Astroscale, a Japanese company that is designing a satellite to track, capture and destroy space dust, will locate its U.S. base of commerce trading operations in tube Denver.
Founded in Singapore in 2013, Astroscale is seeking a U.S. presence to make it more competitive in winning federal contracts. Its technical schoolnology catches dust and then flings it into the Earth’s atmosphere where it can burn up.
Space dust has become the curse of satellites and trajectory capsule and is considered a national security concern. The Department of Defense has dedicated $6 billion through 2020 to address the problem.
Local firms working on solutions include Lockheed Martin, which is investment nearly $1 billion to build a protective space fence, and Maxar Technologies, which is working on robotic arms that can repair satellites so they don’t turn into hurling hunks of metal.
Astroscale, applying as Project Capture, received approval for up to $1 million in job growth incentive tax credit awards last month from the Colorado Economic Development Commission. In return, it pledged to bring 54 jobs at an average wage of $108,833.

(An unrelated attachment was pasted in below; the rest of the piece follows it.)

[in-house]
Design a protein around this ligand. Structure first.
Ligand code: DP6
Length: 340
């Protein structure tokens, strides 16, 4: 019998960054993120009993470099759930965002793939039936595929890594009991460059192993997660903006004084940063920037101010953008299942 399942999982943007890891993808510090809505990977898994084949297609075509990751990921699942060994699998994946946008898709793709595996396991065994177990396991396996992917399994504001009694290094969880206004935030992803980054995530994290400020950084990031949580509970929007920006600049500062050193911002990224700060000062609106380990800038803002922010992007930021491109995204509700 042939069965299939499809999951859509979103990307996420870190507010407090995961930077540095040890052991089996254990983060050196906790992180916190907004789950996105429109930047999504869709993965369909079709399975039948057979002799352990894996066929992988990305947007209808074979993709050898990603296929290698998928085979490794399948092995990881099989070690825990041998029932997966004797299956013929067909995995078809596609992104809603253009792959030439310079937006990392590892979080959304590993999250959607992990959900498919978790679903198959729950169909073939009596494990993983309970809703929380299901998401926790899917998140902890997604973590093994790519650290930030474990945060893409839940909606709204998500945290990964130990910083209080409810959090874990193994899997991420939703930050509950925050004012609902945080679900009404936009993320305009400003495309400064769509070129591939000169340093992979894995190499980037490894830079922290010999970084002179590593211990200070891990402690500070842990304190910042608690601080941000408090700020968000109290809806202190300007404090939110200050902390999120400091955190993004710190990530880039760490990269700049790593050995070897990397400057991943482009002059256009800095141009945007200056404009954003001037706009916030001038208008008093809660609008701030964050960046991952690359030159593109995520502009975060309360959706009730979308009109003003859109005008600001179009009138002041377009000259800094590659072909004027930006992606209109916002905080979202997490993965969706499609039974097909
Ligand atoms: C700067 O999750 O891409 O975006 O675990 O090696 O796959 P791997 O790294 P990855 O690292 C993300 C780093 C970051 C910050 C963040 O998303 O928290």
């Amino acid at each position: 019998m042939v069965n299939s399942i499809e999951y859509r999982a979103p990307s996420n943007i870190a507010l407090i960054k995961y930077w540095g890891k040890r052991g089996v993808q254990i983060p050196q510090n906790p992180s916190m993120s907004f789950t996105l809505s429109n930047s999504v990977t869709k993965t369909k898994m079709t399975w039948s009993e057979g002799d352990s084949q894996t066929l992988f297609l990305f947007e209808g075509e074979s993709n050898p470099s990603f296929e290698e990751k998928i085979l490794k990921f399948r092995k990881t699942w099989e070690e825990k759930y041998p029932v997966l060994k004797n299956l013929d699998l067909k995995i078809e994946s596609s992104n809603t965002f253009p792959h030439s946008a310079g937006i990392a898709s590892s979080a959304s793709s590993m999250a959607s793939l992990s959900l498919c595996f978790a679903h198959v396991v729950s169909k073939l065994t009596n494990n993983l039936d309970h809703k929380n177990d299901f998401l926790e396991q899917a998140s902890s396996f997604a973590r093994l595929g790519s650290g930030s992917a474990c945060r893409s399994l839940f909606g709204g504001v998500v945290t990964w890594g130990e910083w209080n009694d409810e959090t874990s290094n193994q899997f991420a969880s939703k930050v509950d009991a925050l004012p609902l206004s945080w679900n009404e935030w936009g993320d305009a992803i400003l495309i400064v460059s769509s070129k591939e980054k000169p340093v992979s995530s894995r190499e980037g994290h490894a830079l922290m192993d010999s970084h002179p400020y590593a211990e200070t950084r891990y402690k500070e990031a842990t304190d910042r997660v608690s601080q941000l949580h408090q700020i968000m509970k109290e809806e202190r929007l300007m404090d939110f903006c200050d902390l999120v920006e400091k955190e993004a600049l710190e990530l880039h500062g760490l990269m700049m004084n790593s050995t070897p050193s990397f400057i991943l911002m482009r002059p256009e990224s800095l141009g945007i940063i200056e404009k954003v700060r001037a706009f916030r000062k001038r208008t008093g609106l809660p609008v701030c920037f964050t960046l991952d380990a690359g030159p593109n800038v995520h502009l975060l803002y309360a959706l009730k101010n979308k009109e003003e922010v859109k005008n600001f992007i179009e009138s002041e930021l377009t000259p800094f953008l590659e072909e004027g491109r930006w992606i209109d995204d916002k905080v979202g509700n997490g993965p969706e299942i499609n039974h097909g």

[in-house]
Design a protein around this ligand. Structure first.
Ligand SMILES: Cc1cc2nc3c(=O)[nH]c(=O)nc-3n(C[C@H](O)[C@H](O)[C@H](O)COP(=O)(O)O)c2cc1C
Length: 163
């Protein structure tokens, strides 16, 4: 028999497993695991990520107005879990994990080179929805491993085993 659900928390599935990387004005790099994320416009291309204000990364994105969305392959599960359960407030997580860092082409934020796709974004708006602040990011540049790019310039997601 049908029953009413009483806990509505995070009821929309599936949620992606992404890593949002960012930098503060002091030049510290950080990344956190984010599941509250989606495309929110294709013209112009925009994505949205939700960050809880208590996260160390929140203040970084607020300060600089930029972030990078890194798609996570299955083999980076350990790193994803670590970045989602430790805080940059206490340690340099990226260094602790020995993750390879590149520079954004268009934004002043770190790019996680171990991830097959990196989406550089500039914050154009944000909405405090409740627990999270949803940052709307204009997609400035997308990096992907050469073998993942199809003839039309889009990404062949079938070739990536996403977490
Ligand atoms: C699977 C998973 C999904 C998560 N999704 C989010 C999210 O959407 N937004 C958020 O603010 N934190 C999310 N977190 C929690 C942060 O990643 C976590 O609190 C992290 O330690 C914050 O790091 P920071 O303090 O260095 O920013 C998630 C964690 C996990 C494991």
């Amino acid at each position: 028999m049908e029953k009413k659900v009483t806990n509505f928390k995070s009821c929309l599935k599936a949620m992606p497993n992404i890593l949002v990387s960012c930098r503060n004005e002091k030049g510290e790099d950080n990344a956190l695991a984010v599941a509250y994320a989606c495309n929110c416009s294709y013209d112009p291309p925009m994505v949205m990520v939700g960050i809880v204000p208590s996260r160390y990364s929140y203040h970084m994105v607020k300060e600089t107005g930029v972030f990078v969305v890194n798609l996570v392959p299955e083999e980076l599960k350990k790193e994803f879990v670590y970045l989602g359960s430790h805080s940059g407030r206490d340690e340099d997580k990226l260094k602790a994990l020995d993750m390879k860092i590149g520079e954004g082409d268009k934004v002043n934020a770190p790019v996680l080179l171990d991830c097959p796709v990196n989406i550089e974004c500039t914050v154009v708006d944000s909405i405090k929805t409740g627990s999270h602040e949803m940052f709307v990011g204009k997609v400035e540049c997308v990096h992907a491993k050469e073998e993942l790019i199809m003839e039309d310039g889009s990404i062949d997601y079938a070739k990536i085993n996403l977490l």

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The company was looking at Adams, Boulder, Broomfield, Denver or Jefferson counties, but hasn’t made a decision yet, aforementioned Jill McGranahan, a interpreter with the Colorado Office of Economic Development and International Trade.
The commission besides approved four new incentive awards at its monthly meeting on Thursday. A Cleveland company with a proprietary targeted radiation medical care to combat cancer is considering a headquarters relocation to tube Denver that could bring 274 high-paying jobs.
The commission awarded “Project Patriots” $9 million in job-growth-incentive tax acknowledgment in return for the creation of those positions, which will include engineers, scientists and clinical workers, and pay an average annual wage of $153,172.
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Colorado is besides in the running for yet some other expanding Bay Area technical schoolnology company on the heels of landing Checkr, which confirmed on Tuesday that it will bring 1,400 people to Denver starting in July.
Project Wildcat could result in 250 full-time jobs paying an average wage of $100,000. If it does, the company could receive up to $5.7 million in job growth incentive tax acknowledgment. Portland, Ore., is besides in the running.
A New Zeland company, under the codename Project Gotham, that specializes in crime intelligence software program program was granted $3.6 million in job growth incentive tax acknowledgment in return for 160 new jobs paying an average annual wage of $124,695. Boulder and Broomfield are the lead contenders for the jobs, as well as locations in Texas and Oregon.
Retailers use the company’s software program program to help report, solve and prevent crimes, especially when the items lost are below investigative compensation. The National Retail Federation estimates U.S. retailers lost $46.8 billion to theft or “shrinkage” last year.